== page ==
A recent Citigroup report says that China’s Fintech companies already serve a similar number of clients as the country’s major banks, thanks to the increasing convenience of paying and banking by mobile devices through apps such as Alipay. Alibaba’s Ant Financial Services Group is among the trendsetters, positioning its Alipay phone app as a platform for consumer financial services, which involves 450 million users each month.

Increasingly, Alipay is now hawking its financial products alongside services such as taxi booking and food deliveries, in an effort to promote its Yu’E Bao “mobile wallet” function to draw users to deposit money in to buy higher-yielding investment products.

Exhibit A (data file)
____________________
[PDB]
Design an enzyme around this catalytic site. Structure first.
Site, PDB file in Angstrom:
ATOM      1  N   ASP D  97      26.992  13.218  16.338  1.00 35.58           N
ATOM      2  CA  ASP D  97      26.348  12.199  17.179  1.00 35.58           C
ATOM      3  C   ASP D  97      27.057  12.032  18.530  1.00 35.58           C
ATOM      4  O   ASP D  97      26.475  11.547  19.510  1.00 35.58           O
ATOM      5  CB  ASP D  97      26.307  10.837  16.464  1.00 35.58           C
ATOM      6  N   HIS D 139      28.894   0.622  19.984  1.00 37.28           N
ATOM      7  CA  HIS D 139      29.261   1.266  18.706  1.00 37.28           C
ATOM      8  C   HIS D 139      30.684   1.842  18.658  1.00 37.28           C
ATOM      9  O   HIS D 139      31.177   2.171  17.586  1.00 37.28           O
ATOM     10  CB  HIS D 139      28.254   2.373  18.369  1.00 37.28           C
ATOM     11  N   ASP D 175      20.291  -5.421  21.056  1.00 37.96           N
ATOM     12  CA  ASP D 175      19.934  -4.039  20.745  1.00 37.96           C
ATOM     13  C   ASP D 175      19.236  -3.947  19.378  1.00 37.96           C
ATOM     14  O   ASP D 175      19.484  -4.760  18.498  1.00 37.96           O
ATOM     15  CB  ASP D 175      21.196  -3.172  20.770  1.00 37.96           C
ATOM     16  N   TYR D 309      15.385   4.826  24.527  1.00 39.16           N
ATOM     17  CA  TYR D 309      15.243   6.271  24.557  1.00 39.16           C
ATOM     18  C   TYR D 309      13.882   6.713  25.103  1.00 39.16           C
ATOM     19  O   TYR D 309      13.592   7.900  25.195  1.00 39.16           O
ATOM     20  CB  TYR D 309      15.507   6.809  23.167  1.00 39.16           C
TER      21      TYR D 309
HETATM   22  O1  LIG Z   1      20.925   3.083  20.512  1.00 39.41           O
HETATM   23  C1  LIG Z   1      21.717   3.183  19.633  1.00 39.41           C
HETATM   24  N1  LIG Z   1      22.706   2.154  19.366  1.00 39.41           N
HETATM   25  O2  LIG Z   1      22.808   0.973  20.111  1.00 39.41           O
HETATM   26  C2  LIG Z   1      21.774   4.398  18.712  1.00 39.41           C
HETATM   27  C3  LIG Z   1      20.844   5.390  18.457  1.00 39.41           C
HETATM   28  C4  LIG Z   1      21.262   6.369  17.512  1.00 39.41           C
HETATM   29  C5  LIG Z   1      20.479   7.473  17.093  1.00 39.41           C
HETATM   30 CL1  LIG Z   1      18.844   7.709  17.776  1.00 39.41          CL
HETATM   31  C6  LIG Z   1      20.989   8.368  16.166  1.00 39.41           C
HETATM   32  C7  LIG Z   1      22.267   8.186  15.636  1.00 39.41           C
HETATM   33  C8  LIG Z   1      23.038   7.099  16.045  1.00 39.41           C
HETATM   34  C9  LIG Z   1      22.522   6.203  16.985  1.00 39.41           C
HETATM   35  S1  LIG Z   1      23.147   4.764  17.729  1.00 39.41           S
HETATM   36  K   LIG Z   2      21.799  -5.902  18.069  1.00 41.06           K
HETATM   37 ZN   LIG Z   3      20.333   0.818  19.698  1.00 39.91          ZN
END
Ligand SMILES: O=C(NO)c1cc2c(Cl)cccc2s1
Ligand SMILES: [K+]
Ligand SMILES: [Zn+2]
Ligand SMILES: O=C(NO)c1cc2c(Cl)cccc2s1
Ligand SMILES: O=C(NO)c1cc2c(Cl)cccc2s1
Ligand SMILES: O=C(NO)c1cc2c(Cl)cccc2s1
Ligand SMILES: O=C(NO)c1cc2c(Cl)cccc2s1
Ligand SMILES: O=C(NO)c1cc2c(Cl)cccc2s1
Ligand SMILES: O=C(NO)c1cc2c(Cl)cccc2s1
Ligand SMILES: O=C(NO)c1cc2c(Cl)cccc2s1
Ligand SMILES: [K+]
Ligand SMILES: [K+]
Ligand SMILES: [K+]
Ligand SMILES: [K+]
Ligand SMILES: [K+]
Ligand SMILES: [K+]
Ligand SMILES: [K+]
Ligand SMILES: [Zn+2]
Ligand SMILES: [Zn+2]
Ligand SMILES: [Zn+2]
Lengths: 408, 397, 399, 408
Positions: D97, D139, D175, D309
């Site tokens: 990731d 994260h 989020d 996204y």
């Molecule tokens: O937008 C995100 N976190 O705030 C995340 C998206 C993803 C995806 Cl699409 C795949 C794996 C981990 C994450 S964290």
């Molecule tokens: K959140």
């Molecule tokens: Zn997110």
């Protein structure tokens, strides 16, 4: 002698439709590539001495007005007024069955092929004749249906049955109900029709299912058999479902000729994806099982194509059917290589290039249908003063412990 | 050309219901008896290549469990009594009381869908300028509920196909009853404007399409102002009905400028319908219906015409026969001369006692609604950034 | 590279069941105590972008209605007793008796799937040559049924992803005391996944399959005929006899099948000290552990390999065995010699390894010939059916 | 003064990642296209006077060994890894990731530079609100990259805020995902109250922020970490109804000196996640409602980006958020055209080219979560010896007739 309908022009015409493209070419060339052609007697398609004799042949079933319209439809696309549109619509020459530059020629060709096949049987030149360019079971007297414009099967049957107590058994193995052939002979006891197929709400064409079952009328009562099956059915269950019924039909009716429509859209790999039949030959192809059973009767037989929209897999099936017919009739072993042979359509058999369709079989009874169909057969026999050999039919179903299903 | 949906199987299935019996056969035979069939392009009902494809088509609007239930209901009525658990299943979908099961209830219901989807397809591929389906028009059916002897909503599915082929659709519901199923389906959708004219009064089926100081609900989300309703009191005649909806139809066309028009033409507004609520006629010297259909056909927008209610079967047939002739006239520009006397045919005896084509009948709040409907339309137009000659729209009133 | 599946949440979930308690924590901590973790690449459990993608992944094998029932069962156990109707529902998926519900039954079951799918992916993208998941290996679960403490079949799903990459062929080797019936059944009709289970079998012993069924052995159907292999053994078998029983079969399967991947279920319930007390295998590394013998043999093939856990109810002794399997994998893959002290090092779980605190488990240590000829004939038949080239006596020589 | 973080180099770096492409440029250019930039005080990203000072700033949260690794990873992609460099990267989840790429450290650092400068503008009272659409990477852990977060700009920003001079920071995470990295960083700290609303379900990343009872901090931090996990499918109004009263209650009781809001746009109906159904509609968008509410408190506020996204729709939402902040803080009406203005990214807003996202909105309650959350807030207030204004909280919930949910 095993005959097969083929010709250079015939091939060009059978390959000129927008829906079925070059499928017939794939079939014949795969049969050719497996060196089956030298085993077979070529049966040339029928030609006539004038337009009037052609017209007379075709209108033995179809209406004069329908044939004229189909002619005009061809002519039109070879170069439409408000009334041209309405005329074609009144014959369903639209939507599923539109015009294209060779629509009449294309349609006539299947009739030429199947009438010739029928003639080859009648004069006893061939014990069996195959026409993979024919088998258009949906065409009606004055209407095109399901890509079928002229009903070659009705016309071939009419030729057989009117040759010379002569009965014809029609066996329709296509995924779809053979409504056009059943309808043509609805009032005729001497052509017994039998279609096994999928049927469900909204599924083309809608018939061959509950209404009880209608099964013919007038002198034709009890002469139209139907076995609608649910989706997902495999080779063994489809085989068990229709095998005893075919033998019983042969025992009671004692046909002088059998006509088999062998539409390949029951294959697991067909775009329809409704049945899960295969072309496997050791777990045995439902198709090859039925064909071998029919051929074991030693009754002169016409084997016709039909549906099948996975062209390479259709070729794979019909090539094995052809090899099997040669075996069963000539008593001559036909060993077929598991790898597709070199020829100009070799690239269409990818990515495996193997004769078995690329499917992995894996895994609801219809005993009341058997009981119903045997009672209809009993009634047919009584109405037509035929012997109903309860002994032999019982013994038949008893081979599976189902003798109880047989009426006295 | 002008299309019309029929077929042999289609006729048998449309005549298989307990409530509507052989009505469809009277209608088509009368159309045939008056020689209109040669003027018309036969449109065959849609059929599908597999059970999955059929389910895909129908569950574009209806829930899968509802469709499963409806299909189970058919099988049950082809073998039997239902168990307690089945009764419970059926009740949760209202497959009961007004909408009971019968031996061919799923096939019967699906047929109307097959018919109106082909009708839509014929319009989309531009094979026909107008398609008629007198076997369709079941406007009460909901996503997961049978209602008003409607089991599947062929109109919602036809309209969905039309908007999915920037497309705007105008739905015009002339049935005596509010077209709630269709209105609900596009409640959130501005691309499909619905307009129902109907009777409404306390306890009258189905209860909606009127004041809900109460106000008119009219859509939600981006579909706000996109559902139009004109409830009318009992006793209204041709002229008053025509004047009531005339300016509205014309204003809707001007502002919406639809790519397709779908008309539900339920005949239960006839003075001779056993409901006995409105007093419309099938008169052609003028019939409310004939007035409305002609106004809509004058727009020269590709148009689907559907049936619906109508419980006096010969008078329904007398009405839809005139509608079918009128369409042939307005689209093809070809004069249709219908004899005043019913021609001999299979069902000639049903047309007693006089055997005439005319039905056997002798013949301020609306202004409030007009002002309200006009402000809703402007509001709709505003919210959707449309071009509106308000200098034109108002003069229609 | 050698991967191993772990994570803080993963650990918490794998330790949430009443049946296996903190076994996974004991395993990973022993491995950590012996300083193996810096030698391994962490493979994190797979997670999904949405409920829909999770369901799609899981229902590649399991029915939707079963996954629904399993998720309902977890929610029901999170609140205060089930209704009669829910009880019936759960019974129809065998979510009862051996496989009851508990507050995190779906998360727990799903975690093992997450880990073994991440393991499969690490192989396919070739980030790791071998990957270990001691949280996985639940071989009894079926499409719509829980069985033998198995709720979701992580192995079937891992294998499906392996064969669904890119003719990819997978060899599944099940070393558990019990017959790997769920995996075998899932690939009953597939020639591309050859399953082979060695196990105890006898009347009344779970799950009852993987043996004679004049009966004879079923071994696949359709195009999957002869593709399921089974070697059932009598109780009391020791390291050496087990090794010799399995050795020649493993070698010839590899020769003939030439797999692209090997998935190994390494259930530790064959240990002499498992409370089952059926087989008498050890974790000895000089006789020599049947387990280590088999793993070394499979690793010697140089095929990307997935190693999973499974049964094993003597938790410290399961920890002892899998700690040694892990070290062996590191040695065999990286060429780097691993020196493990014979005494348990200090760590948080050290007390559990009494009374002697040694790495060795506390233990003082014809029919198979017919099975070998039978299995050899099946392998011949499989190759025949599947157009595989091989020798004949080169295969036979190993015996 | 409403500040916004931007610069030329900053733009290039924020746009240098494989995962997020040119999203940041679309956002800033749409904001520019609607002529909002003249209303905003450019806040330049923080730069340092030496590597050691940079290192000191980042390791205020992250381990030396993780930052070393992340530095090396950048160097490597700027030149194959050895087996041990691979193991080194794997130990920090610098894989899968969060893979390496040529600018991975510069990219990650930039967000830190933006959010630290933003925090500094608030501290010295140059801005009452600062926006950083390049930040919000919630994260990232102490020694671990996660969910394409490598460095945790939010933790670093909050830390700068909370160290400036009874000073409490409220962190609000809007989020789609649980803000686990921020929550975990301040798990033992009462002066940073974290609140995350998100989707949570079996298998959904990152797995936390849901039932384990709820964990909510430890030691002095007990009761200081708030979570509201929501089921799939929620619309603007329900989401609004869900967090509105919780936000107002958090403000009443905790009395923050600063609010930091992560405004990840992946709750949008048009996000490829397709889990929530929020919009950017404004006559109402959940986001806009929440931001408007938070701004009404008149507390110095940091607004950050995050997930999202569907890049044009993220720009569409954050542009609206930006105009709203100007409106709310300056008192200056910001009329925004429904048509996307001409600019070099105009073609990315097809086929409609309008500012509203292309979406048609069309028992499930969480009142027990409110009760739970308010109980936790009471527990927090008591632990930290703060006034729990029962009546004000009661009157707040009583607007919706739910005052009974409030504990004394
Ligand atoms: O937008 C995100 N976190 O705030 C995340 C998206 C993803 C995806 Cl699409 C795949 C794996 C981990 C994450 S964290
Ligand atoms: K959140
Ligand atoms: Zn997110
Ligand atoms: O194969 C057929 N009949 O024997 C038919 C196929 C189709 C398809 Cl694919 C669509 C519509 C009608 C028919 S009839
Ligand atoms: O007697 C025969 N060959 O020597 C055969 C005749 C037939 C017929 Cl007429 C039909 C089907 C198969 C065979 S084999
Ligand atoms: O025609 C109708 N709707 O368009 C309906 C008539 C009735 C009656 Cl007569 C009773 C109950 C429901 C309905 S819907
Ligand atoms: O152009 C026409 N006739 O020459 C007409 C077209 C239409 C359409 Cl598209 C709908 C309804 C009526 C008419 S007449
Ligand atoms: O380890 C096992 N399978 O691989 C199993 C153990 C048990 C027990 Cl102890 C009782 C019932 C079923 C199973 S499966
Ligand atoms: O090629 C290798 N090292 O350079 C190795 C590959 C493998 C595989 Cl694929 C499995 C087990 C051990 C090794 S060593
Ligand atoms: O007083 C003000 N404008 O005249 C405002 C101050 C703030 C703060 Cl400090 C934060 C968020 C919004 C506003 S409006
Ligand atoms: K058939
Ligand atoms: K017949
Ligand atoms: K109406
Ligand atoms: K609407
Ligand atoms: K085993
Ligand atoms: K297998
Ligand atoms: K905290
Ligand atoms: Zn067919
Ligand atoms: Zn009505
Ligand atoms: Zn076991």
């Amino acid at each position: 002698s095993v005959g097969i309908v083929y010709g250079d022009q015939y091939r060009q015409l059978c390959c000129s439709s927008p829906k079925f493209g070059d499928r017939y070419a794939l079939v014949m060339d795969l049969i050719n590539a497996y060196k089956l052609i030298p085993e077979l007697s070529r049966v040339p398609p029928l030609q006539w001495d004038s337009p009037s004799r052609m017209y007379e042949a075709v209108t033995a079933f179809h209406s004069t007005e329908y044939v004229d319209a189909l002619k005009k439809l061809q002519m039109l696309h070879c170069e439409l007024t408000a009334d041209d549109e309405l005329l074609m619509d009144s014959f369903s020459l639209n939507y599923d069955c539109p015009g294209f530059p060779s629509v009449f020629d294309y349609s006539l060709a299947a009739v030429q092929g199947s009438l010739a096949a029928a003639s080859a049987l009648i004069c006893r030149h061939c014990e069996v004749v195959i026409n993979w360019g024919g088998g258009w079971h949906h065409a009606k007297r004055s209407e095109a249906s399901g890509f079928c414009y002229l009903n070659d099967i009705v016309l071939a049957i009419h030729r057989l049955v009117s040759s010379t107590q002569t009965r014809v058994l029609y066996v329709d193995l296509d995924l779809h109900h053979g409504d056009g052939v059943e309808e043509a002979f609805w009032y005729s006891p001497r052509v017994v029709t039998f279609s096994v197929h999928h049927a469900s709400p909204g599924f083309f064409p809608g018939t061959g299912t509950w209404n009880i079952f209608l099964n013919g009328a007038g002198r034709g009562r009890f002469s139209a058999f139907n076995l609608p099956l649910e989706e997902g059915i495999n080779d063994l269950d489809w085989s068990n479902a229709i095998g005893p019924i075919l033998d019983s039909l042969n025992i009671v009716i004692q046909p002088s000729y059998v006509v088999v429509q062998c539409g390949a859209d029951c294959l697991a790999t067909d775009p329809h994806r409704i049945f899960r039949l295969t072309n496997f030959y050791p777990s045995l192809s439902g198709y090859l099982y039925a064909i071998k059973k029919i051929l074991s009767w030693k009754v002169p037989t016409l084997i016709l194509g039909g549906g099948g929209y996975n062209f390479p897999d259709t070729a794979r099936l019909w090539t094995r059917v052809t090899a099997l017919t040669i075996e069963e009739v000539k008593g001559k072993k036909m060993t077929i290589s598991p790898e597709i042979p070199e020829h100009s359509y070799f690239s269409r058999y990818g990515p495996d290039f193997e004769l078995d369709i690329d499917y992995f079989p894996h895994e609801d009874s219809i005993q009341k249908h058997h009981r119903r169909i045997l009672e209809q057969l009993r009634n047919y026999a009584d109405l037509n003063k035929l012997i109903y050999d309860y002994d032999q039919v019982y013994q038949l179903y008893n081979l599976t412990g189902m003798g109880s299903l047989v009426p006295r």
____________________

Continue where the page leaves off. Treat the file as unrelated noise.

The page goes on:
According to a survey issued in March by the Federal Reserve, only about a quarter of US smartphone users had ever used their mobile phones to make a payment in the previous 12 months. A wide divergence of technologies used by brick-and-mortar merchants attribute to a large part of the phenomenon. Retail powerhouse Wal-Mart, for example, doesn’t accept Apple Pay.

In contrast however, the Chinese government has supported the development of digital finance to spur consumer spending amid dampening economic growth.

Yet, risks in the industry have emerged at rates that regulators have not been able to fully catch up with, e.g. blowups in P2P and other online investment firms have repeatedly left depositors with nothing. Moreover, the Fintech industry has been blurring business lines when it comes to deposits. While the government guarantees bank deposits, banks and Fintech companies often serve as platforms for higher-yielding investments that carry no such assurances, according to bankers.